Having encountered a boisterous expression of joy about our trip, we stood at our tandem for a few moments of wonderment. What an exchange that was! As we got ready to resume our ride, a motorist coming out of the store asked, “Is it true what I heard? You have biked down here from Alaska?” He followed with, “Wow. Good luck!” We then eased our bike onto the street. If we would have stayed at that store lot any longer, all of the acclaim would have made our heads swell. When we reached Highway 436, we headed west onto this six-lane, divided route. Although the traffic was even heavier and faster now, we were pleased to have a three FT shoulder to ride on.
As we followed the slightly curvy highway, we passed by two humorous signs. The first one was, “Camp Bow Wow – All Inclusive Dog Daycare & Boarding.” A second sign, “Kickin Chickin,” enticed motorists to stop in for a chicken dinner. At the point where Highway 436 merged into Highway 441, we entered the city limits of Apopka, FL. Now in Orange County, we noticed a welcome sign that proclaimed Apopka as “Indoor Foliage Capital of the World.” The yellow pages list 50 foliage nurseries with an Apopka address. This city of 30,000 is serious about their indoor foliage. When we reached the center of town, we needed to make a left turn onto Central Avenue. The traffic was too heavy to negotiate our desired turn so we made a right and then circled back with a “U” turn. Heading south of Apopka’s downtown, we passed through a shockingly neglected neighborhood that appeared to be safe as long as we kept pedaling.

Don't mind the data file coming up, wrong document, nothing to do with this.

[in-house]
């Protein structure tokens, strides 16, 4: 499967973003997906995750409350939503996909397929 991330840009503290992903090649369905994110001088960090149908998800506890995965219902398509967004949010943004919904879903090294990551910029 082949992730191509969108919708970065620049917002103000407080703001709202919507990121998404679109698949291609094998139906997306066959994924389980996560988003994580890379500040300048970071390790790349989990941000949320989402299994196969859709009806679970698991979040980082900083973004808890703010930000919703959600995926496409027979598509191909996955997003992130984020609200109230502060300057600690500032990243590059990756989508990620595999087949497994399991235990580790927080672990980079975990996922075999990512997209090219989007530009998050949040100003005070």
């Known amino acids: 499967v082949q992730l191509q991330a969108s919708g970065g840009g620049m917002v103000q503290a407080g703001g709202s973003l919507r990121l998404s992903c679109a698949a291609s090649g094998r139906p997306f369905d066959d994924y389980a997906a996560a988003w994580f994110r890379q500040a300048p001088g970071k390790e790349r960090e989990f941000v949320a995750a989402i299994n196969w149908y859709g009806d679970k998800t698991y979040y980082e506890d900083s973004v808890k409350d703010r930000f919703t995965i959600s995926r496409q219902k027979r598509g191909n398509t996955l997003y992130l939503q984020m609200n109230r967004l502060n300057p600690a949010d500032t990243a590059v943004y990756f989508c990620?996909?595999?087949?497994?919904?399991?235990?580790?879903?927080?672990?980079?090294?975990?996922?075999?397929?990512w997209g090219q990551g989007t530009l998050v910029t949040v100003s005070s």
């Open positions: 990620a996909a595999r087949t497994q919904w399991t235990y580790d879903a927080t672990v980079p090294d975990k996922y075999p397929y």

Near the edge of town, Central Avenue connected us with Highway 437 which curved to the southwest. We were now back into a rural area and able to enjoy a relaxing ride. Because 437 ran parallel to the I-429 toll road, we had little traffic to contend with. In a county with a population of 1,000,000, it was kind of neat to be on a route that was off the beaten path. We passed by a few orange groves along the way. Orange County (name changed from the less enticing Mosquito County in 1845) had a strong citrus industry up to the 1970s. Now, most of the commercial orange groves are further south but a few of the area’s packing plants still remain in operation.